Pokémon Sun and Moon has dominated the attention of fans since it was revealed back in Feburary. However, if you were to say that it is the latest version, then you would be wrong, as the latest one is a version that has been in the making for over nine years: Pokémon Uranium.
To be clear, Pokémon Uranium has nothing to do with Nintendo or The Pokémon Company, meaning that its days are probably limited. Rather, the game is the product of an attempt by fans to build their own Pokémon from the ground up. It has been in the works for nine years, and as of Saturday, Aug. 6, the game is finally done.
Check out a trailer celebrating the game's v.1.0 release below:
As one might expect from a fan-made game, Pokemon Uranium attempts to reproduce the key features of the game, while adding various features that they as Pokémon fans would have liked to see in an official game. And fortunately for the creators -and anyone playing it - these attempts were successful.
Pokémon Uranium takes place in a brand-new region, Tandor, where many classic Pokémon have succumbed to nuclear radiation. The trainer — whose gender can be male, female or neutral — must stop these monsters from wreaking havoc across the land, all the while collecting gym badges and trying to become a Pokémon master, as per usual.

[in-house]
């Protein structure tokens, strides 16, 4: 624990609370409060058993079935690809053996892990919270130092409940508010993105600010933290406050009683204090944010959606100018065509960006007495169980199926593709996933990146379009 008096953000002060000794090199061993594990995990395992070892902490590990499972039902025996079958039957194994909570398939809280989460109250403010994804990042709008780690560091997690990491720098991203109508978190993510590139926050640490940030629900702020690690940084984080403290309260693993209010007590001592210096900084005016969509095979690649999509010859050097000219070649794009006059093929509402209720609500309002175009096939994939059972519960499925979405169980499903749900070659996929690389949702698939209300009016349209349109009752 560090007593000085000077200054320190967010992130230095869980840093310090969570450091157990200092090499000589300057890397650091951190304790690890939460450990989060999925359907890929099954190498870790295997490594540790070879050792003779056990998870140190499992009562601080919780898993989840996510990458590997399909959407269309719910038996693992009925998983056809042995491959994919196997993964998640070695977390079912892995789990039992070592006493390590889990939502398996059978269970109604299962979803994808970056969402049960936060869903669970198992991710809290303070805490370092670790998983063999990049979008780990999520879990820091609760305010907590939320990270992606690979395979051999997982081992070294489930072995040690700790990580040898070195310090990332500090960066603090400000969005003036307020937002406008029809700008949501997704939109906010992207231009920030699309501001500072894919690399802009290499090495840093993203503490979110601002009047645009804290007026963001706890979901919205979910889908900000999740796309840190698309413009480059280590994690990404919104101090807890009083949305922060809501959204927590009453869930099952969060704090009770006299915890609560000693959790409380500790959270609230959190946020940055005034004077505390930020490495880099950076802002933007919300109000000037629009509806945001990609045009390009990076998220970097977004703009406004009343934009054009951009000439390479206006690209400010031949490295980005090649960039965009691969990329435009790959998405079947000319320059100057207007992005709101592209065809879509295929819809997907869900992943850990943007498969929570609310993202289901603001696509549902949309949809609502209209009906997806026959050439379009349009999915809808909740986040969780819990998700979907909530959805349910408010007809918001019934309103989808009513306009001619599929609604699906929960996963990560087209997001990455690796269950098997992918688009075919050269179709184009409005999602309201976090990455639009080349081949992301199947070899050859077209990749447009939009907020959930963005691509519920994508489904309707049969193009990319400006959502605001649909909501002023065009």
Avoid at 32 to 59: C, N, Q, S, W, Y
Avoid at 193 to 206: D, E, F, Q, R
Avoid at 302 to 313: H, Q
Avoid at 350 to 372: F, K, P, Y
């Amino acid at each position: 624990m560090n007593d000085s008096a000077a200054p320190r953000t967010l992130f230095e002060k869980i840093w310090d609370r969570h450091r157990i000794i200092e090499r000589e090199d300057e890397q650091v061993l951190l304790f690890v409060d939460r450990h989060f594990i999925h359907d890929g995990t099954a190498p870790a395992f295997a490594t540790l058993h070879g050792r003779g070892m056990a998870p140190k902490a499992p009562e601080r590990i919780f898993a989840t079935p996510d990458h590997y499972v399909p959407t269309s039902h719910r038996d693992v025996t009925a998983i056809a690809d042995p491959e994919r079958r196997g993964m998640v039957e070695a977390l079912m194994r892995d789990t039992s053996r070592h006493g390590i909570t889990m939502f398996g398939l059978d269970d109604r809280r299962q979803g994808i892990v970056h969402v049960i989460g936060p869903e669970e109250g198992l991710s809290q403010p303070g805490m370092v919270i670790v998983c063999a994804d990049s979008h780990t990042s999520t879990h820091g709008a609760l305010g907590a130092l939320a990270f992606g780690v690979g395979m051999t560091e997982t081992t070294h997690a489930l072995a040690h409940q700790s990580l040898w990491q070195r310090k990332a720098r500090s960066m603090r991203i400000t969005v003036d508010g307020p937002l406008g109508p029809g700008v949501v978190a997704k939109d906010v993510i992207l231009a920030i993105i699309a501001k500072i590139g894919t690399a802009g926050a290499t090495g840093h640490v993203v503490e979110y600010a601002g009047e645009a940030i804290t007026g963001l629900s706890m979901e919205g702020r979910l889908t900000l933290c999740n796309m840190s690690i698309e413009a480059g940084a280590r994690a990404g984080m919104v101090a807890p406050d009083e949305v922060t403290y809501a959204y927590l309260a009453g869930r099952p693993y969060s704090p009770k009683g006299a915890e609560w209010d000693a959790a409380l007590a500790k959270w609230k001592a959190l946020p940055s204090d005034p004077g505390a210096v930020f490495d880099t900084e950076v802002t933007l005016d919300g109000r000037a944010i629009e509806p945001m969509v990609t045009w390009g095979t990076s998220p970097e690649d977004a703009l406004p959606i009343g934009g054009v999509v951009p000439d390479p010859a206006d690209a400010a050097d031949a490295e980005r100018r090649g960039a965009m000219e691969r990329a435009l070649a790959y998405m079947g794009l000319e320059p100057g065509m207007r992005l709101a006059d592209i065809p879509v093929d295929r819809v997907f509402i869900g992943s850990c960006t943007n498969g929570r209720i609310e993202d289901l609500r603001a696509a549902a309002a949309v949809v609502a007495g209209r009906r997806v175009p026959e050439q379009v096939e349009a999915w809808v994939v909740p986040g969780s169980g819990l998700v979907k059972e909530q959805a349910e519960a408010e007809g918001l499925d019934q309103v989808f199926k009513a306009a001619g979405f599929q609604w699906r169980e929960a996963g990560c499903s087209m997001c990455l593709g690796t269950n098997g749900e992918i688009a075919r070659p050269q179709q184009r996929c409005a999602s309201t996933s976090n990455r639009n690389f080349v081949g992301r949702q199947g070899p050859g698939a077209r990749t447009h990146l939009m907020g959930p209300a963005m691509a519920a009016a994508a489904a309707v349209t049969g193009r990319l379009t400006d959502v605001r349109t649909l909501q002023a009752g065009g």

Keeping up with the theme of the game, nuclear radiation in the region has given way to a brand-new type: Nuclear. Simply put, Nuclear-type Pokémon are wild and nigh-uncontrollable, attacking anything in sight. Because they're unstable, Nuclear-types are super-effective against every type of Pokémon, but are also weak against every single type of attack (even normal!).
Among the features players can expect to find are three playable characters, a new region to explore, online battling and trading, a Pokémon speech translator, and more than 150 new Pokémon to capture (with more coming on the way).
If Uranium has piqued your interest, then you'll be happy to know that it is available for free on PC (Mac suppot is in the works) and doesn't require an emulator. All you need to do is download the standalone .exe and you're good to go.
Note that if you do decide to download the game, then you best do so asap: earlier this week Nintendo was issued a DMCA notice to a fan-made remake of Metroid II that went live over the weekend. WIth that in mind, it's likely only a matter of time until Pokémon Uranium finds itself on the executioner's block.